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caption: Marijuana plants are shown in the flowering room on Tuesday, Feb. 6, 2018, at Grow Ambrosia in Seattle.
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Marijuana plants are shown in the flowering room on Tuesday, Feb. 6, 2018, at Grow Ambrosia in Seattle.
Credit: KUOW Photo/Megan Farmer

Seattle considers fixing equity gap in cannabis industry

Seattle officials are trying to fix a glaring problem in the cannabis industry: a lack of Black owners.

Mayor Bruce Harrell has put forward a suite of bills to address the issue. They are now up for council consideration.

“While these policies alone cannot solve generations of injustice, they are critical first steps and a clear commitment to a One Seattle approach, where we make progress through partnership, working with state and federal leaders, industry stakeholders, and store workers to continue moving forward," Harrell said in a statement.

One measure would remove the city cannabis license fee for people in communities hit hardest by the war on drugs, such as the Black community.

One idea is to replace the current license with a social equity license, according to council staffer Brianna Thomas.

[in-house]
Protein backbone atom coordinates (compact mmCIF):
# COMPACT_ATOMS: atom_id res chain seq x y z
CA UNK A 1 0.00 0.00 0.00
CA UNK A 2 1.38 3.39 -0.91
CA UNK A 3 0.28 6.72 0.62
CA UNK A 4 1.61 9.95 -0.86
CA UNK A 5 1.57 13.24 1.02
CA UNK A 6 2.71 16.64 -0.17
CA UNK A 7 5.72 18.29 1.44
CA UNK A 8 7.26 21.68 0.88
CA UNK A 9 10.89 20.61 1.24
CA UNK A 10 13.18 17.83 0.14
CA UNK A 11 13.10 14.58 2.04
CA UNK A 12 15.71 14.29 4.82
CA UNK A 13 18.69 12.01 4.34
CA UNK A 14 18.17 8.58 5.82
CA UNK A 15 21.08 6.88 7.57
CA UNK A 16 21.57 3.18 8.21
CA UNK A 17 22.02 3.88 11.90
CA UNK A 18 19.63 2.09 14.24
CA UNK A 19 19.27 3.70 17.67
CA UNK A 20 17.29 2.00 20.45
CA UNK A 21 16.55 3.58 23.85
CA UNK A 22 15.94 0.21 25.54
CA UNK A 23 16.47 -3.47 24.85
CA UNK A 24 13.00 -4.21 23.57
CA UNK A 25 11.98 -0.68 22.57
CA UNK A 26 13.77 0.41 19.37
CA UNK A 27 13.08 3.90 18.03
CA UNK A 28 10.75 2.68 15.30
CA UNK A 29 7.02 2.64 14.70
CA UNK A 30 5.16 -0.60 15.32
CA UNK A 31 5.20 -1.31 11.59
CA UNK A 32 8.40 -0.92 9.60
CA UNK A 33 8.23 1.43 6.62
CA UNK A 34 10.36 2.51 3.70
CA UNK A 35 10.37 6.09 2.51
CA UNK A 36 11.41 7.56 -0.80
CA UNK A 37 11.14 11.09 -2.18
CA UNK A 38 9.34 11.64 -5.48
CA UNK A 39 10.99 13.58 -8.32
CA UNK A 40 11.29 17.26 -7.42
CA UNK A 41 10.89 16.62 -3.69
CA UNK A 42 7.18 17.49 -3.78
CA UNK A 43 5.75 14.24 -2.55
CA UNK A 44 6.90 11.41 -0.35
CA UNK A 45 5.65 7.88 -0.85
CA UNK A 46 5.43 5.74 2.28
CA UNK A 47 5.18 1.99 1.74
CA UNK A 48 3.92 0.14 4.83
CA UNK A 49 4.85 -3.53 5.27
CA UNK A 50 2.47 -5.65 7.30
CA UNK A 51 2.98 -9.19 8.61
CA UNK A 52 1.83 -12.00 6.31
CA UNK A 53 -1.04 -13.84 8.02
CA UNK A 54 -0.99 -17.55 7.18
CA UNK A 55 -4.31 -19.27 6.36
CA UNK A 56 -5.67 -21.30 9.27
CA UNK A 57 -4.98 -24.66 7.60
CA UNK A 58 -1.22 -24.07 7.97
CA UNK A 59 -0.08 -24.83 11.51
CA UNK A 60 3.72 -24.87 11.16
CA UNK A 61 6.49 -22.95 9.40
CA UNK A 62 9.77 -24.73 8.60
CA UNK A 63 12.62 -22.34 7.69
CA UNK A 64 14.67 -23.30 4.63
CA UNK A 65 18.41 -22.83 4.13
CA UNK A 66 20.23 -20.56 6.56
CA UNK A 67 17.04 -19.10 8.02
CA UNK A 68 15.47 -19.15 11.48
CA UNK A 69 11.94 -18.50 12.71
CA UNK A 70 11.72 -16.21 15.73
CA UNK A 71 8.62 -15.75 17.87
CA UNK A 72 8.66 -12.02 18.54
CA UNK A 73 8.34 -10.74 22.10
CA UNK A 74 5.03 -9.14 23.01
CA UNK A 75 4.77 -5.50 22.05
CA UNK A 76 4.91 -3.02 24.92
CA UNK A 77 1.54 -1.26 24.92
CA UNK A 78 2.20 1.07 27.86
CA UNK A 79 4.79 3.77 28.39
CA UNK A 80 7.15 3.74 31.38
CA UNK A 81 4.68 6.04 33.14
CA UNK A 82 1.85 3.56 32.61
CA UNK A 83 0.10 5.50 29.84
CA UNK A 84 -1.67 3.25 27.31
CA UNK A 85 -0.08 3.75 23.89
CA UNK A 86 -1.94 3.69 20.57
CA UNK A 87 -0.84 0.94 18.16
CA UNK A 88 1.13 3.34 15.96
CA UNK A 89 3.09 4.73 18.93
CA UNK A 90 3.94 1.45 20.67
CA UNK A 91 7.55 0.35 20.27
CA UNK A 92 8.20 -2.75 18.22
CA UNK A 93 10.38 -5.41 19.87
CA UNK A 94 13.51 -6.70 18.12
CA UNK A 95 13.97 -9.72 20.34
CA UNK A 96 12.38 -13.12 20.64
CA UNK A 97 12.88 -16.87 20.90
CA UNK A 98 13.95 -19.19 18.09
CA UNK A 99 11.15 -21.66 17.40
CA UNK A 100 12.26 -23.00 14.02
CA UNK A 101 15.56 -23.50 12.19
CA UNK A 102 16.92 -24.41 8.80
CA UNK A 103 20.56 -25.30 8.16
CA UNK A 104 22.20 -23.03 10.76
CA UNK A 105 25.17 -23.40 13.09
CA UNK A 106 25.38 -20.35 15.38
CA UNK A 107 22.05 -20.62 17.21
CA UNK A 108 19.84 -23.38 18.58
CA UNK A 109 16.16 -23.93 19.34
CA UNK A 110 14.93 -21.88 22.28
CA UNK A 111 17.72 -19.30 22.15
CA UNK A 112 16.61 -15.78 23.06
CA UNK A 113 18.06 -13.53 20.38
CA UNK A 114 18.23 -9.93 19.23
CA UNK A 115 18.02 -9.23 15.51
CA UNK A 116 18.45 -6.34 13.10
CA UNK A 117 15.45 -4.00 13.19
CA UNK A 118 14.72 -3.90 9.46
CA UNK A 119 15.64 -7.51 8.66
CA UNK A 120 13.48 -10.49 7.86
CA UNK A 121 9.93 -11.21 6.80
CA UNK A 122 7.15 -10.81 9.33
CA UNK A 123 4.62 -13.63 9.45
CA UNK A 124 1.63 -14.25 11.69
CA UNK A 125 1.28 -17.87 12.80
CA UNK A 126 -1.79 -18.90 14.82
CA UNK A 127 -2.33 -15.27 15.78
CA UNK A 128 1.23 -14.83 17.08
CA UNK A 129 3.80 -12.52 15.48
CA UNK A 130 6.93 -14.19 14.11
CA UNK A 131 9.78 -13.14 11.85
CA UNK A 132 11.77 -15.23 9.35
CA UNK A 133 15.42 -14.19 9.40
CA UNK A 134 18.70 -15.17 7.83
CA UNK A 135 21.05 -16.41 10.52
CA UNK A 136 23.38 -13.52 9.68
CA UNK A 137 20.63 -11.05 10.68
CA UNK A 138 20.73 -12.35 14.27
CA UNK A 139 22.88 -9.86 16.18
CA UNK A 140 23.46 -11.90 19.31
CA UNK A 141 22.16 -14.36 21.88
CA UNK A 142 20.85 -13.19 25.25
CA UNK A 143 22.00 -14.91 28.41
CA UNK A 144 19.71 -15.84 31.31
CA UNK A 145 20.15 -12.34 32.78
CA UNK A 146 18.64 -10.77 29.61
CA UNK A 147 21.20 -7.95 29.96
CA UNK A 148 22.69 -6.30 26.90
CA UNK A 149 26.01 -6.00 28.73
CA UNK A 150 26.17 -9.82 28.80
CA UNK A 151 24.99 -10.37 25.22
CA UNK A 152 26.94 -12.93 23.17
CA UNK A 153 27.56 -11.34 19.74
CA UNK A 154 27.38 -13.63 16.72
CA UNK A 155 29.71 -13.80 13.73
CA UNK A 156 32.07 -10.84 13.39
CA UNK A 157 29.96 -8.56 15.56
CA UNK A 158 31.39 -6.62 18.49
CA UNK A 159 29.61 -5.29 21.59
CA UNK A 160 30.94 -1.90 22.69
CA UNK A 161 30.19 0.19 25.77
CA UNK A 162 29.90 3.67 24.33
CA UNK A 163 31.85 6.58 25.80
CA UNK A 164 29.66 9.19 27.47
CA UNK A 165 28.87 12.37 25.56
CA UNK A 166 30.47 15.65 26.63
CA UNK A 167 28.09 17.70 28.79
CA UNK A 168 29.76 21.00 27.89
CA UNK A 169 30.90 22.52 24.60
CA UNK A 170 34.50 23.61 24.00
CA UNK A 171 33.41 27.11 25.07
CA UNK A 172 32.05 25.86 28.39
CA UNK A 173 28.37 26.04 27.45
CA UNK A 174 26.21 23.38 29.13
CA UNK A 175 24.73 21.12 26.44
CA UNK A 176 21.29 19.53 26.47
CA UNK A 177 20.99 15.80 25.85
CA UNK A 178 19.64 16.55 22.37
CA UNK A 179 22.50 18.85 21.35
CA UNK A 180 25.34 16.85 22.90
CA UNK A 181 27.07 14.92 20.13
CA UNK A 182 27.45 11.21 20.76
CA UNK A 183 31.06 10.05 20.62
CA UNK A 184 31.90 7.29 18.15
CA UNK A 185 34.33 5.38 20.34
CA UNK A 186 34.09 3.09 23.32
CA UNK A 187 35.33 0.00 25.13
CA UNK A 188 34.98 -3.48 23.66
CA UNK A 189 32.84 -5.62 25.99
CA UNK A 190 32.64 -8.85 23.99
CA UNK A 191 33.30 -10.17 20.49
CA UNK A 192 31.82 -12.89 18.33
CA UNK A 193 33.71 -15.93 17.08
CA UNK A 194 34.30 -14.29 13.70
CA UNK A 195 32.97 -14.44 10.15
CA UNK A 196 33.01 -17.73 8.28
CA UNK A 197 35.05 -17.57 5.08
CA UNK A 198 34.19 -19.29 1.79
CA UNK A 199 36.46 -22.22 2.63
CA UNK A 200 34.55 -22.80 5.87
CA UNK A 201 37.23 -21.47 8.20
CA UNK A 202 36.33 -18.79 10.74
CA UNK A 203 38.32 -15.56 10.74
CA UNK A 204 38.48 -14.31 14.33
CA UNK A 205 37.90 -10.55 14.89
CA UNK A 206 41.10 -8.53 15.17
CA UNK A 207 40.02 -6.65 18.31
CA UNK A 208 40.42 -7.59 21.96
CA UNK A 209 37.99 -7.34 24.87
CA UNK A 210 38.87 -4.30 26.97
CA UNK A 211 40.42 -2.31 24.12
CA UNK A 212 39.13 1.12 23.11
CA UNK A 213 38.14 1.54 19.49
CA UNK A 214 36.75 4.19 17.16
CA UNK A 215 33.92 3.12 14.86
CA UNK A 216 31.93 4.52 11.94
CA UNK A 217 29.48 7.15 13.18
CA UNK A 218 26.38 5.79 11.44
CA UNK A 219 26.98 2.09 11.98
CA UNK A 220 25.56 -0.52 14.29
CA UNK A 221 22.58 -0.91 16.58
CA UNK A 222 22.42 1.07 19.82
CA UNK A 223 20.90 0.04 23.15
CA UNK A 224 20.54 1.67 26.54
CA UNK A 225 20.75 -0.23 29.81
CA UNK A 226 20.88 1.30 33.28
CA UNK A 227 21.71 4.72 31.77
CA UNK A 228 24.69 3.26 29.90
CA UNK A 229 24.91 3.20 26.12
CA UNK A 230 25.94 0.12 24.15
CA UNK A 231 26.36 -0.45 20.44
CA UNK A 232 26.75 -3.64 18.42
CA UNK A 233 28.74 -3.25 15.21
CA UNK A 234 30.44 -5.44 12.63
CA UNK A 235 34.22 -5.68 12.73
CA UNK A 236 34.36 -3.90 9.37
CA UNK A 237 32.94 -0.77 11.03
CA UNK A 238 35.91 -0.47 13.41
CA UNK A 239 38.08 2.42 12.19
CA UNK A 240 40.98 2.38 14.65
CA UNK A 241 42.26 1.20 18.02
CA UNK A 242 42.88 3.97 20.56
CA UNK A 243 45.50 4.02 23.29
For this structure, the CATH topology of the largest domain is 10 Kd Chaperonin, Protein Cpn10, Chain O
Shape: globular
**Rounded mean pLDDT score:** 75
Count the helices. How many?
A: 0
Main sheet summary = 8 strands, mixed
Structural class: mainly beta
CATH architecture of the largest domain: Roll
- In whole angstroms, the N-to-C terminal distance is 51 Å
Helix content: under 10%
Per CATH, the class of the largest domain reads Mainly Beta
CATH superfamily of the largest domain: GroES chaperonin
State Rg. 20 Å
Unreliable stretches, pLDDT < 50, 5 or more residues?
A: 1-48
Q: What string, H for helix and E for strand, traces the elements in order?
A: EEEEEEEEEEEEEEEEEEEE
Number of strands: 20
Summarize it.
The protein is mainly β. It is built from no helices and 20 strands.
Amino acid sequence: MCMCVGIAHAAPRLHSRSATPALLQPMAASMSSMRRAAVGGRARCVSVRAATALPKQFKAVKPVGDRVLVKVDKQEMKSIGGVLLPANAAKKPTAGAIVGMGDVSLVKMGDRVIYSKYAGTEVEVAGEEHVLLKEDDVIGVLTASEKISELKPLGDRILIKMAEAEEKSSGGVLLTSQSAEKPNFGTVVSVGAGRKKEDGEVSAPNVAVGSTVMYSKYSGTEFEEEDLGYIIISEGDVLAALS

"We recognize the loss of Black wealth and Black business and Black ingenuity in this space and this suite of legislation does not undo that harm, but it is a step in the right direction," Thomas said.

City reports show that when Washington legalized cannabis in 2012, none of Seattle’s existing Black-owned medical marijuana businesses received licenses for recreational shops.

The City Council is scheduled to take a first vote on the bills Aug. 17.

Harrell's cannabis suite contains a total of three bills that would implement a range of approaches, including:

  • Require that owners who buy a cannabis store keep the same staff for 90 days.
  • Create a cannabis advisory committee.
  • Work with King County and community groups to expunge convictions for cannabis-related crimes prior to 2014.
  • Speed up the work of expunging past cannabis convictions.
  • Develop a state and federal legislative agenda promoting cannabis equity, as well as safety improvements, capital investments, and access to banking services.

The council had a meeting to discuss the measures Thursday. Some community members who spoke at the meeting complained that the legislation was too vague and needed to more directly address the lack of diversity in the cannabis industry.